Friday, August 17 , 2018, 10:39 pm | Fair 69º


Paul Burri: Great Ideas That Didn’t Work — The First Time

Just because an idea didn’t work once doesn’t mean it’s not worth trying again

I live with a curse. I’m cursed with good ideas. And worse yet, I’m not afraid to put them out there. OK, OK, not all of them are so great, but I think many of them are worth considering.

I think it all comes from my ability to do what they call “think outside the box.” Tell me that we need to paint the place blue, and I’ll ask, “Why not red?” Tell me to bet on black, and I’m sure to wonder whether red might not be a better idea. Tell me that it looks good this way, and I’m sure to wonder what it would like if we turned it around — or upside down, or inside out. It’s a curse.

So there I am sitting in a meeting and suddenly I will pipe up with some crazy idea (or perhaps not all that crazy). And then guess what often happens? Somebody is sure to respond with, “Yeah, we tried that once and it didn’t work.”

So that’s it? One time and never again? Did you like Brussels sprouts the first time you tried them? (OK, not a great example there.) How about the first time you tried to walk on stilts? (Maybe not another good example.) To my mind, just because an idea didn’t work once when you tried it, doesn’t mean that it was a bad idea or that it’s not worth trying again — especially if the original circumstances have changed.

When did you try that idea? Fifteen years ago? Two months ago? Why didn’t it work? Did you analyze the failure? Was it before we had the Internet? Were its wings too short? Was it the wrong color? Was the price too high? Did you try it on the wrong audience? What circumstances have changed since you tried it the last time?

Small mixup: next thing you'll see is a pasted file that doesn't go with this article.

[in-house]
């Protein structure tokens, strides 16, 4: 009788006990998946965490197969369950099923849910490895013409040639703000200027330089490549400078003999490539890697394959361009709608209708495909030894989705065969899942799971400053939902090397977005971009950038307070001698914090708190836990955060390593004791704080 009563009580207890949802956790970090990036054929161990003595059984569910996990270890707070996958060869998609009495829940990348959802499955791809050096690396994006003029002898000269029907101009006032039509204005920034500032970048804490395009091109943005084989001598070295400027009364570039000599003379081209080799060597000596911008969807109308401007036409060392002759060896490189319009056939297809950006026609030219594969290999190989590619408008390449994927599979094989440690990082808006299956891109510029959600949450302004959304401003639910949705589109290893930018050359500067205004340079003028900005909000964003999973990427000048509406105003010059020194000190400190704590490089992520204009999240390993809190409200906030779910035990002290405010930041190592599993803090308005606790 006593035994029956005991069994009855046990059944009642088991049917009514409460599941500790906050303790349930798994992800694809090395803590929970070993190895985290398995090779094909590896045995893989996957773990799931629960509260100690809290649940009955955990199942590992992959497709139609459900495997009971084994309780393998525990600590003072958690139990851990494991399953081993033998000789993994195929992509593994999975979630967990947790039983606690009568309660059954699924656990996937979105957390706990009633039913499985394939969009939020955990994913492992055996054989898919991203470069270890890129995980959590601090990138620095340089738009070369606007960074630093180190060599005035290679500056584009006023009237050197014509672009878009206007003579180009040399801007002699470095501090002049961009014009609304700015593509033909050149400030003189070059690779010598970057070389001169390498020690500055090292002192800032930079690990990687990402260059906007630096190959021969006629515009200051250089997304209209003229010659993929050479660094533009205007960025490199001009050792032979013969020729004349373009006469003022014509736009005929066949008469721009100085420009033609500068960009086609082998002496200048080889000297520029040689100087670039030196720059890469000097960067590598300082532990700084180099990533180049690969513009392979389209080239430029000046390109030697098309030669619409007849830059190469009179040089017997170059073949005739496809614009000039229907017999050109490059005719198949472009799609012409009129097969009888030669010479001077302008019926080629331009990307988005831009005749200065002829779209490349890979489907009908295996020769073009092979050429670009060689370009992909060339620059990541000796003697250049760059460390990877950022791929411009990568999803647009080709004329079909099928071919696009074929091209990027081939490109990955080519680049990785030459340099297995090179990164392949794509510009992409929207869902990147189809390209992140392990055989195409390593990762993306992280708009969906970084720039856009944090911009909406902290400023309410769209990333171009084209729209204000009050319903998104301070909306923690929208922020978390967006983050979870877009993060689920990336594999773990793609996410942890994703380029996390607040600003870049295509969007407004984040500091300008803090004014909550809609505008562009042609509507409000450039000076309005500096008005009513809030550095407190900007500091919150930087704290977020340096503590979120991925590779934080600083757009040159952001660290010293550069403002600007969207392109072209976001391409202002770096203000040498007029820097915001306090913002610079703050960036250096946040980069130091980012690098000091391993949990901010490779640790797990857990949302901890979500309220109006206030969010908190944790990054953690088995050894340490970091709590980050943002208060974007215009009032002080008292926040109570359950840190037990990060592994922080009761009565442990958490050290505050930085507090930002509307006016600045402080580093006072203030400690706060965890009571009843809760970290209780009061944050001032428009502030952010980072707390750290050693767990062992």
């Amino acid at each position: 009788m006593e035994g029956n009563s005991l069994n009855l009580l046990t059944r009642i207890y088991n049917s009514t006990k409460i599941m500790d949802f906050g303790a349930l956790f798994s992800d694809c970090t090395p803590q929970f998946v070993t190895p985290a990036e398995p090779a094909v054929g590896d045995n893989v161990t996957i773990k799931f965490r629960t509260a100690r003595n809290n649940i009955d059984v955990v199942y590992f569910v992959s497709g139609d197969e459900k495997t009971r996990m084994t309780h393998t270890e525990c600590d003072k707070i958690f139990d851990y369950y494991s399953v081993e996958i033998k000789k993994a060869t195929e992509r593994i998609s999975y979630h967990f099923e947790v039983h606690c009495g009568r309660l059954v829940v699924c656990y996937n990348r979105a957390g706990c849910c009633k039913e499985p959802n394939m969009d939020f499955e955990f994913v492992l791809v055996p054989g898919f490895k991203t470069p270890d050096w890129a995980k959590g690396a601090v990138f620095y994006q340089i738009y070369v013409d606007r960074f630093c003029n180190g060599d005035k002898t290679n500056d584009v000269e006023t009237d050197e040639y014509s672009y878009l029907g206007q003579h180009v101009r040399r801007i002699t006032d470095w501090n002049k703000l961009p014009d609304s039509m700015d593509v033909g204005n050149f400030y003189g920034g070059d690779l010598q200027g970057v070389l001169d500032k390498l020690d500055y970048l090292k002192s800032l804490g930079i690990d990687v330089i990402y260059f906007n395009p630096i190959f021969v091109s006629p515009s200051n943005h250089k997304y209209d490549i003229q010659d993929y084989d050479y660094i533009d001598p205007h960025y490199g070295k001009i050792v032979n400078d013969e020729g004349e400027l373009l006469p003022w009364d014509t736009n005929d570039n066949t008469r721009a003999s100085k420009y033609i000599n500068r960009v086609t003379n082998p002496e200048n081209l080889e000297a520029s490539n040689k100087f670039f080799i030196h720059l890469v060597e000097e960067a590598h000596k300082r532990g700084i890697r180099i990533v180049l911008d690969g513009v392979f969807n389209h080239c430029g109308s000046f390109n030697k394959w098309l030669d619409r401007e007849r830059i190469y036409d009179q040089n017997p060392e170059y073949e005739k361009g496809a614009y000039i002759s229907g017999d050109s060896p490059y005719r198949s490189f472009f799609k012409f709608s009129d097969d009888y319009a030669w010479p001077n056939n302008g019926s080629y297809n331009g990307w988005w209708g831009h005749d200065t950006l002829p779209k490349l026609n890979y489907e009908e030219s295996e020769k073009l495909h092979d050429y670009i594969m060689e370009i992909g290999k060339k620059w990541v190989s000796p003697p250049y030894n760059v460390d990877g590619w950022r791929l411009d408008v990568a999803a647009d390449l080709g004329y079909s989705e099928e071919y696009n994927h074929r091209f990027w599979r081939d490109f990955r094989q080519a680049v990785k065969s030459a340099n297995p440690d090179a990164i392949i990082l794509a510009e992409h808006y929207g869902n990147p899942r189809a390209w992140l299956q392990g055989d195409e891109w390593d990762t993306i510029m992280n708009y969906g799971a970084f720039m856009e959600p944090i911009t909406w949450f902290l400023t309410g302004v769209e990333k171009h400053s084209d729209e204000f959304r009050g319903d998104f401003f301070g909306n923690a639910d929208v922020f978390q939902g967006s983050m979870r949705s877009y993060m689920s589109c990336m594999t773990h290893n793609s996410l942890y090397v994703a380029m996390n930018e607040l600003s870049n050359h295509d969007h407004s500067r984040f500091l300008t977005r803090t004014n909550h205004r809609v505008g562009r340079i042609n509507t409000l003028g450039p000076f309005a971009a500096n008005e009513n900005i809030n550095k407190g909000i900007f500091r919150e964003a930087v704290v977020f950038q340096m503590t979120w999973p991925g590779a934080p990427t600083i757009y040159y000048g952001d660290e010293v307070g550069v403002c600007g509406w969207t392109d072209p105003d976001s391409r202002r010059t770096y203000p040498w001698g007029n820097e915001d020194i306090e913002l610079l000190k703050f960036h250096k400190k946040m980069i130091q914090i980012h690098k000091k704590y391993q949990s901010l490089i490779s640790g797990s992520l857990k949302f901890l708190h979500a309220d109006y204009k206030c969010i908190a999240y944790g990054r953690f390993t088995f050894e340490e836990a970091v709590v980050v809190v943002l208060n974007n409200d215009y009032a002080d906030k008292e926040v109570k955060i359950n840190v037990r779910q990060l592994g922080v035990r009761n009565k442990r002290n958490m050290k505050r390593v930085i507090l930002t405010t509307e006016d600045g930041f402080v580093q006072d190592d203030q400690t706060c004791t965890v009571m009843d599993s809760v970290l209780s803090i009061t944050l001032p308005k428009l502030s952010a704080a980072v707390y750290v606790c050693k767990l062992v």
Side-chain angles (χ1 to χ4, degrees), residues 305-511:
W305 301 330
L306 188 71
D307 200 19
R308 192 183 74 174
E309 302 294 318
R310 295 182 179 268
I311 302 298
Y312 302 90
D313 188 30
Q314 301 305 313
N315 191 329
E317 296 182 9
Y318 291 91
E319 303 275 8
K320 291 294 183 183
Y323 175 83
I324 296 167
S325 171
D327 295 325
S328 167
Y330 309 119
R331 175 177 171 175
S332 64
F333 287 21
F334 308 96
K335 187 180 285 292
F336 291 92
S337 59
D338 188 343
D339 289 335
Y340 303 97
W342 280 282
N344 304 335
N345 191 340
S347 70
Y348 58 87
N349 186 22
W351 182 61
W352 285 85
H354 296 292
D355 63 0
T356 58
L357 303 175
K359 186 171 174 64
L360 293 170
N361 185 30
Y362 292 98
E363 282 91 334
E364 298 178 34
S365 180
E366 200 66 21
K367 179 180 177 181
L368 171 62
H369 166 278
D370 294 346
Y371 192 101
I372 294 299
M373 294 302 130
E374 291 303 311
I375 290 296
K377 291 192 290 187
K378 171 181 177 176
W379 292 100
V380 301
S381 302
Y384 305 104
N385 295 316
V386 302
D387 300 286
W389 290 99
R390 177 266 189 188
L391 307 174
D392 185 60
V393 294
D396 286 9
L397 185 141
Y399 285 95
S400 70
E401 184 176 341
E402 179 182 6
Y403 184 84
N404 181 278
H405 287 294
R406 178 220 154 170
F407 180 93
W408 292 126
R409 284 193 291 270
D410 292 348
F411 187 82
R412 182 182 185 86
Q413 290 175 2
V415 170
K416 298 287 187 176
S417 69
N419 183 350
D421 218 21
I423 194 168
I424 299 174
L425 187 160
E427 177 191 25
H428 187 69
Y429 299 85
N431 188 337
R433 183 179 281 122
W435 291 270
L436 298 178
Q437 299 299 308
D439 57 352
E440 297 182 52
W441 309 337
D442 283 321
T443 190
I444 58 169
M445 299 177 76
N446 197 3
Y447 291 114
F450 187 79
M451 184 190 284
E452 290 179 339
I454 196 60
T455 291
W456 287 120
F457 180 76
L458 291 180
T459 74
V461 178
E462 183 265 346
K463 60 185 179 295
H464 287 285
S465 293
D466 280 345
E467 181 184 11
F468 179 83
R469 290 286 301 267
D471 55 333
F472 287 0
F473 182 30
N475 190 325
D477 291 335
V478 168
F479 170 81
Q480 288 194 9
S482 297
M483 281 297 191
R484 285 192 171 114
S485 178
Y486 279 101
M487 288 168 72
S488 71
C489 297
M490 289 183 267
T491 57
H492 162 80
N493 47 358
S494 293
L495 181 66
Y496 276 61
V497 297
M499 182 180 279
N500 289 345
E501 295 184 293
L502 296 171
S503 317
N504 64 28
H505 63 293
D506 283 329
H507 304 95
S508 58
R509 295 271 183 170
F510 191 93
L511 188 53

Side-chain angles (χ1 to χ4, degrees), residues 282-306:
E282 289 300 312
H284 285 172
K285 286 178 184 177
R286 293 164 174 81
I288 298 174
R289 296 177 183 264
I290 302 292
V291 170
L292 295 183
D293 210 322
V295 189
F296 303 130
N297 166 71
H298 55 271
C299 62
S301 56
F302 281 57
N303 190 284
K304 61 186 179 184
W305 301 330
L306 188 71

Believe me, I’ve had lots of unsuccessful ideas. Ideas that didn’t work. Or ideas that were only partly successful. But I have never given up on any of them completely. They are always in the back of my mind, waiting for things to change that will make them successful the second time around.

When I had my business, I had a file folder full of failed ideas that I would look at from time to time. Even when I still couldn’t see a reason to resurrect the idea, I would sometimes get a new idea from looking at my unsuccessful ones. This makes me remember one of the rules of brainstorming. In a brainstorming session, you are not allowed to denigrate or laugh at any idea. Why not? Because you can never tell when someone’s crazy idea (or bad idea) will spark a great idea in someone else.

I once was in a meeting discussing a ground-launched missile. We were exploring ways to limit the range of the missile to about 250 miles. All sorts of ideas were put out, such as reducing the size of its fuel tank, blowing it up after a certain amount of flight time, etc. Then I stood up and jokingly suggested we attach it to a 250-mile-long steel cable. (Of course, this was ridiculous because even a one-mile cable would weigh more than the missile itself.) Everyone laughed and enjoyed the joke.

Years later, someone invented a thing called a TOW missile, which carried its own control cable that unwound as it went. My idea? Surely not. But see what I mean?

“We tried it once and it didn’t work.” OK, let’s try it again.

[Note: Last week’s column was intended to be satirical only and did not intend to refer to any existent local government agency. Any similarity between the references and actual agencies was purely accidental.]

— Paul Burri is an entrepreneur, inventor, columnist, engineer and iconoclast. He has been a counselor with the Santa Barbara chapter of SCORE (Service Corps of Retired Executives) for the past eight years. SCORE offers free business counseling to local businesses. He is also the membership director of the Channel City Camera Club. The opinions and comments in this column are his alone and do not reflect the opinions or policies of any outside organization. He can be reached at .(JavaScript must be enabled to view this email address). Click here for previous Paul Burri columns. Follow Paul Burri on Twitter: @BronxPaul.

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